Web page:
Have you ever thought about the meaning of life? Contemplated if time travel is possible? Considered whether computers could ever become conscious? If you’re used to asking questions like this, then a Philosophy degree may just be for you.
1. Answer the BIG questions.
Why is there something rather than nothing? Can we prove or disprove the existence of God? What's the meaning of life? Do we have free will? Is morality objective? What is the connection between mind and the brain? Is global equality achievable?
Philosophers have discussed these questions (and many more) for centuries and developed fascinating answers to them. Other academic fields simply do not address such fundamental questions.
2. Delve deeper and become an independent philosopher
During an undergraduate degree, students get a good sense of what the different answers to these kind of fundamental philosophical questions are. However, during a Master’s degree, you get a much better sense of the fact that these questions are still open and progress is constantly being made in an effort to answer them. You will learn how to be an independent philosopher and contribute to the philosophical debates about these issues.
3. Philosophy helps us understand the world that we live in
In 2020, the United Kingdom is dealing with a global pandemic, the United States has witnessed widespread protest against police violence and institutional and overt racism along with protests against American and British racism in the UK, whilst there is continuing concern about the impact of Brexit.
All of these issues raise at their core essential philosophical questions and a Masters level Philosophy programme will provide you with the essential concepts to think about the answers to these real-life questions.
It will also give you a much better sense of the arguments and philosophical views that are often expressed in public debates, and it gives you the tools to critically evaluate those views and arguments. After studying philosophy, you are in much better position to form and articulate your own views on these issues and to defend them in public forums.
4. The world needs creative thinkers more than ever
Right now, creativity is in demand and that is the reason many businesses are now hiring philosophers. Thanks to the advancement of information technology, virtually all basic tasks can now be done by computers and robots and this is rapidly changing the way we work and live. The globalisation of the world has raised numerous moral and political issues at a fundamental level and we now need creative and flexible thinkers to address these emerging issues.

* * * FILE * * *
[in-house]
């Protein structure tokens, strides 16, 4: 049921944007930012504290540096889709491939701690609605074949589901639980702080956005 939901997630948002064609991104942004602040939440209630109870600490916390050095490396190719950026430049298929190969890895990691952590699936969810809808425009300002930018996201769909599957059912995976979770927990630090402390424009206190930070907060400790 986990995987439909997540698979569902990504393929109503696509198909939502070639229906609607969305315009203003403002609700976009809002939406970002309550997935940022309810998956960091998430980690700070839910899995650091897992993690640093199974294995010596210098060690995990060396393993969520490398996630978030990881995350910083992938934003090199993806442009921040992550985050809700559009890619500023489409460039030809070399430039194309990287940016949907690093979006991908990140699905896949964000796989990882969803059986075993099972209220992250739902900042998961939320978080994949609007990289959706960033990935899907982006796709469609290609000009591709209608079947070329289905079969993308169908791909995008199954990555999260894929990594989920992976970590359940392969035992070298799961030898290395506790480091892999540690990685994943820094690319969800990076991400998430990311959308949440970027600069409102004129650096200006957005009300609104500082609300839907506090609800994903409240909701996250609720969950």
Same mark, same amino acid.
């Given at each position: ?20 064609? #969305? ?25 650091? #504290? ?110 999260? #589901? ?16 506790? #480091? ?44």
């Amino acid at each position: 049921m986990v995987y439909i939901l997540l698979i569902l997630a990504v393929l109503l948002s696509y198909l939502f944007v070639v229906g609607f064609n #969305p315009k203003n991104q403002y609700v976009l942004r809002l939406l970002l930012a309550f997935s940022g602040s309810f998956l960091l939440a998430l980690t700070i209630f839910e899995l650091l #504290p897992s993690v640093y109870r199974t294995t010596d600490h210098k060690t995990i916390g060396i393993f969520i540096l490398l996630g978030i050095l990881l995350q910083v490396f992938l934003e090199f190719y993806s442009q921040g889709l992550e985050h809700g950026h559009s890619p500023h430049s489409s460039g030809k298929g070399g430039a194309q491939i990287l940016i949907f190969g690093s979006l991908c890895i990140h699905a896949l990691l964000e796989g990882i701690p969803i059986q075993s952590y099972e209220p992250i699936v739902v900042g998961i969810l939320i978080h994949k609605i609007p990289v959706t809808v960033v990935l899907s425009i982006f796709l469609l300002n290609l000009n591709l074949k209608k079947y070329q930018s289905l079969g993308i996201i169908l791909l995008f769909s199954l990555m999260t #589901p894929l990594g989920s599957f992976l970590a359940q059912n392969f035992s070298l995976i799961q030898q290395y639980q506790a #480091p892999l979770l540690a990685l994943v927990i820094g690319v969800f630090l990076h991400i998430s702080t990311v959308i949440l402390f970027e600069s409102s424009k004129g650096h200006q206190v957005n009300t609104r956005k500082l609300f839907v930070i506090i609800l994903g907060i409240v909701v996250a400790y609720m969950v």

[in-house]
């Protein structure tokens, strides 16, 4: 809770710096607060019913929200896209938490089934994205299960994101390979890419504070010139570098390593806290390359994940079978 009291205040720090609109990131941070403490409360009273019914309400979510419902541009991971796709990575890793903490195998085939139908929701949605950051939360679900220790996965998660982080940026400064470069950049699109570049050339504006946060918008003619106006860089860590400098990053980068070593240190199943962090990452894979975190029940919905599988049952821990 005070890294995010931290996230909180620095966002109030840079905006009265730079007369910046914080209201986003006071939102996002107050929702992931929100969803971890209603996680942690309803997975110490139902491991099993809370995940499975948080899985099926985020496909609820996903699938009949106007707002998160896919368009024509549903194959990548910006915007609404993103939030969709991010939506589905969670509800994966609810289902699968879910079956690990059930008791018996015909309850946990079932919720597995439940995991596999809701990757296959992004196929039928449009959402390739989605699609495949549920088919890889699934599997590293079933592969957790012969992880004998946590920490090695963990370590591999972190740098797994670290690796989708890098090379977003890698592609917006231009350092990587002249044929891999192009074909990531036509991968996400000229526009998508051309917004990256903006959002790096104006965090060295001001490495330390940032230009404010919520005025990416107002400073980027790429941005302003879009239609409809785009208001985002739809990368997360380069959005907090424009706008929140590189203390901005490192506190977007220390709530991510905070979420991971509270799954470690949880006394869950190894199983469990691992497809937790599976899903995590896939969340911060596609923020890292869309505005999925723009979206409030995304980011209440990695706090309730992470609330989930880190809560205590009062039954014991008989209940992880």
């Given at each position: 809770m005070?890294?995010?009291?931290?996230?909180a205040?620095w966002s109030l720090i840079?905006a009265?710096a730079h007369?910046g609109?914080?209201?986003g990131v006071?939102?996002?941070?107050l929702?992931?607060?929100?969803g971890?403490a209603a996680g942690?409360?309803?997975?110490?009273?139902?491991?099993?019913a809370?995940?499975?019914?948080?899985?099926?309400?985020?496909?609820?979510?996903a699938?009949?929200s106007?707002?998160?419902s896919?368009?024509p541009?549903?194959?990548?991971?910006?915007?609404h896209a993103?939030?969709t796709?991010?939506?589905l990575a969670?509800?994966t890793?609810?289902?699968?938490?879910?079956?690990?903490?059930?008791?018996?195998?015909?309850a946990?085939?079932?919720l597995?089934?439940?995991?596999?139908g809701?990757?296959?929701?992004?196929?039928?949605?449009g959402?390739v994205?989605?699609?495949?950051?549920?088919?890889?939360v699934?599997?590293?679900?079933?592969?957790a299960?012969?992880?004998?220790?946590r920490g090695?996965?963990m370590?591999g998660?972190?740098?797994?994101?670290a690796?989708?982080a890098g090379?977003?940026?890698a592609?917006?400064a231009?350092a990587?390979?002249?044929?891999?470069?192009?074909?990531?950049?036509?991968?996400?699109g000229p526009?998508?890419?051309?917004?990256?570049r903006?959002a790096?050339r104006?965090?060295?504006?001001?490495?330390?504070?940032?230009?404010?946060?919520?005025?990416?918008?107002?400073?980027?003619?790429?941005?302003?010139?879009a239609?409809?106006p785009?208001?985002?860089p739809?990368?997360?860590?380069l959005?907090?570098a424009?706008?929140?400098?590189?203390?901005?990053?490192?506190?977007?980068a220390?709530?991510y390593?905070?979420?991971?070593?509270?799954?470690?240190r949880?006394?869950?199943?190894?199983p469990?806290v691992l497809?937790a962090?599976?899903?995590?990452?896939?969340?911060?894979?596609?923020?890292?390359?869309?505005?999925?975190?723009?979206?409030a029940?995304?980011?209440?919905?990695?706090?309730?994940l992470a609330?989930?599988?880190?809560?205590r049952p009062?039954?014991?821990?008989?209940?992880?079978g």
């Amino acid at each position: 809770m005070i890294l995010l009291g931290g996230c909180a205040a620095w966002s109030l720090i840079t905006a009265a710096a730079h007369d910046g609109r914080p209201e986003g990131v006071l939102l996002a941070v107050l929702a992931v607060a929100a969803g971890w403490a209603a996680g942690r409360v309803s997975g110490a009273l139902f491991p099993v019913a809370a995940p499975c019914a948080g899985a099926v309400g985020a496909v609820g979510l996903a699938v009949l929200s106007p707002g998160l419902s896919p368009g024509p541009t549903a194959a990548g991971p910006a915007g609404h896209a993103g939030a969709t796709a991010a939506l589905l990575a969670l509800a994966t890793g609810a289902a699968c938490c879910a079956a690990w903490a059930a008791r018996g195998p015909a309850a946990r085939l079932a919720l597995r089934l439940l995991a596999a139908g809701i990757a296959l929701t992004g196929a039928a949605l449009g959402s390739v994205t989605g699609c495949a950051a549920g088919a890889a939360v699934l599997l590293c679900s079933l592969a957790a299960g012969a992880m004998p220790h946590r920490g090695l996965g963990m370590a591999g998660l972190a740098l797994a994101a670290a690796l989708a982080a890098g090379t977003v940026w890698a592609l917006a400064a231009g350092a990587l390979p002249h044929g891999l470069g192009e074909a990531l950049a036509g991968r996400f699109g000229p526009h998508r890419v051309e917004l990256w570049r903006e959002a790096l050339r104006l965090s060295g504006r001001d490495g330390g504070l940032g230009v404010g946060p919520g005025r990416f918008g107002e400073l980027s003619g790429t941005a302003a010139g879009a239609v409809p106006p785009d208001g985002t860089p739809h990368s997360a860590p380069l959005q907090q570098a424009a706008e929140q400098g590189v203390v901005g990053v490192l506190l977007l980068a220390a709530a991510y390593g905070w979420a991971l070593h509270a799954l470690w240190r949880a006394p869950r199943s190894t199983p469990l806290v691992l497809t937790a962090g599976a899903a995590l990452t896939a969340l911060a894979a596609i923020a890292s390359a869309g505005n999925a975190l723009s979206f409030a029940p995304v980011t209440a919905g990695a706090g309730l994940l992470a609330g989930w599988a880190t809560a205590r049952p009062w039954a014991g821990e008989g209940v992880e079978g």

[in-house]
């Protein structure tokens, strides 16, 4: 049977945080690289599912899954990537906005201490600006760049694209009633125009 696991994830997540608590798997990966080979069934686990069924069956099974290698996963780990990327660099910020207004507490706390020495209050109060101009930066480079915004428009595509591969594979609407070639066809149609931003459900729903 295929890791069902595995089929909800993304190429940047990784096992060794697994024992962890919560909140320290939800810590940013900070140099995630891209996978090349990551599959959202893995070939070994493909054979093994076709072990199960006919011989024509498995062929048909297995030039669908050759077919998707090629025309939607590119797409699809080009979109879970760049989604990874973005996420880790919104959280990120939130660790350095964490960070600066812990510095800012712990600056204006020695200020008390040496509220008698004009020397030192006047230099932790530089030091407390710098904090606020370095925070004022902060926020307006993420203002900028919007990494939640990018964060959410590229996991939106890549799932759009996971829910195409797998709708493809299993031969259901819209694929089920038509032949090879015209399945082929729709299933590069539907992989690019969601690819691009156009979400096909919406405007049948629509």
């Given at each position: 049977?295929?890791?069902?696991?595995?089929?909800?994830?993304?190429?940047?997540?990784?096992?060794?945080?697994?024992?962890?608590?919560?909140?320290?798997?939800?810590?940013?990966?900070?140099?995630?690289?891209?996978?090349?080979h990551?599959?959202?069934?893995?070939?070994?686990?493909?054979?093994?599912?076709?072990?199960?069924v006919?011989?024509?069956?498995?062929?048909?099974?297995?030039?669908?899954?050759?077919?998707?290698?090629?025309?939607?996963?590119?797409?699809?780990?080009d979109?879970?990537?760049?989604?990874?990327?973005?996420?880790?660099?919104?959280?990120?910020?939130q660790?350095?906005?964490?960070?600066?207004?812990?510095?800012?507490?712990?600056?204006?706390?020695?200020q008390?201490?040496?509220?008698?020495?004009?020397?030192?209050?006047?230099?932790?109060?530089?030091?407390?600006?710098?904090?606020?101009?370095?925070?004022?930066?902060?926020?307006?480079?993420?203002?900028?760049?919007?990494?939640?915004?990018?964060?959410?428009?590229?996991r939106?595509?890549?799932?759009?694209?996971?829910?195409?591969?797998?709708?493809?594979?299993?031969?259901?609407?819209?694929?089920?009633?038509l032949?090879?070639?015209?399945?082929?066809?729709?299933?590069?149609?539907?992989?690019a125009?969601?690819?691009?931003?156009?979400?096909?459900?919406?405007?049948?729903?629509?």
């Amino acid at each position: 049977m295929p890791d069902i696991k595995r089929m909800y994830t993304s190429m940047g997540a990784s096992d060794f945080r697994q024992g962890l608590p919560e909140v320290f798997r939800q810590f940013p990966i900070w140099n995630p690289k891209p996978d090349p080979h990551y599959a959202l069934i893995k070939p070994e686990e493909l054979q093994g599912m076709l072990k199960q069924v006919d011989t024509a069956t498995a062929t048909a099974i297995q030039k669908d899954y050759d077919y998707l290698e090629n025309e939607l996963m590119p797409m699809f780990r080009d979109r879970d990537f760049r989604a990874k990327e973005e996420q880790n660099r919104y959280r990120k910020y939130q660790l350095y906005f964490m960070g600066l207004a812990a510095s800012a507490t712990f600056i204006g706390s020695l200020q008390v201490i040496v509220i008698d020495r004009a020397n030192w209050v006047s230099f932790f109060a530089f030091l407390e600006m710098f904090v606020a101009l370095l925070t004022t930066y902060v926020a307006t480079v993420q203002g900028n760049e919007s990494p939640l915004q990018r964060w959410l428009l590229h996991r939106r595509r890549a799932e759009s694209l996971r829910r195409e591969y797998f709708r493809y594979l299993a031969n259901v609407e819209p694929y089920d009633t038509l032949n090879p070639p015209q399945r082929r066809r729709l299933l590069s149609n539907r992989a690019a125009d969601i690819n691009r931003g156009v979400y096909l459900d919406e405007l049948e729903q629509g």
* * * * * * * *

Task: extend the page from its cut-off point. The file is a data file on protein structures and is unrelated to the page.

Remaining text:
5. Whatever your background, interests or career path – there are Philosophical questions to be answered
Philosophy is unique amongst academic subjects in that you find it applicable to some aspect of pretty much whatever else you happen to be interested in.
If you love art, you find it's a philosophical question what gets to count as art - is it just whatever gets put in art galleries? Whatever anyone we're collectively happy to call an artist happens to produce? Does it have to be beautiful? Instructive? And if not, what is the relation between its being art and its being, say, beautiful?
If you're fascinated by politics, you might wonder what the best way to organise a just society would look like, whether it matters if elected politicians lie to you, and so forth.
More technical fields have associated philosophical questions as well. If you're interested in science, you might ask yourself why the experimental method is the best way to discover truths about the world. That's not a question that can be answered experimentally, so it isn't itself that sort of scientific question. More abstractly still, we might wonder what it takes for some assertion about the world to count as true.
6. Perfect for your career
You can acquire all sorts of transferable skills from studying philosophy. In philosophy, we read a lot of texts addressing abstract concepts and analyse philosophers' views and arguments using logical tools. We also develop our own arguments and try to persuade others. To be a good philosopher, you have to be a good analyst, thinker, writer and communicator. These skills are useful in any industry.
The skills you’ll learn are general and wide-ranging enough to open up careers in policy research, the third sector through charities and NGOs, the law, the civil service, and of course further study in philosophy itself where you might eventually make contributions to the future Philosophy curriculum, of the kinds you will study as a Master's student.
7. You could study in Birmingham!
If you chose to study Philosophy at Birmingham, you would be joining one of the Top 100 Philosophy departments in the world (QS 2020). Full of likeminded thinkers and researchers, the Department is home to several flexible Philosophy programmes allowing you to study the topics that interest you either on campus or via our Distance Learning routes.
8. It’s never ending
An enthusiasm for pretty much anything can spark a more abstract interest in philosophy. And with the openness of the dissertation component of our Master's programmes at Birmingham, and the range of expertise in the department, there is the chance to specialise in a very wide range of these areas of Philosophy.
If you’re interested in finding out more about why Philosophy is important, we recommend ‘Philosophy Why It Matters’, written by Dr Michael Rush and Professor Helen Beebee. Dr Rush is Admissions Tutor for the Philosophy MA and MSc programmes at the University of Birmingham.
Explore our Philosophy programmes now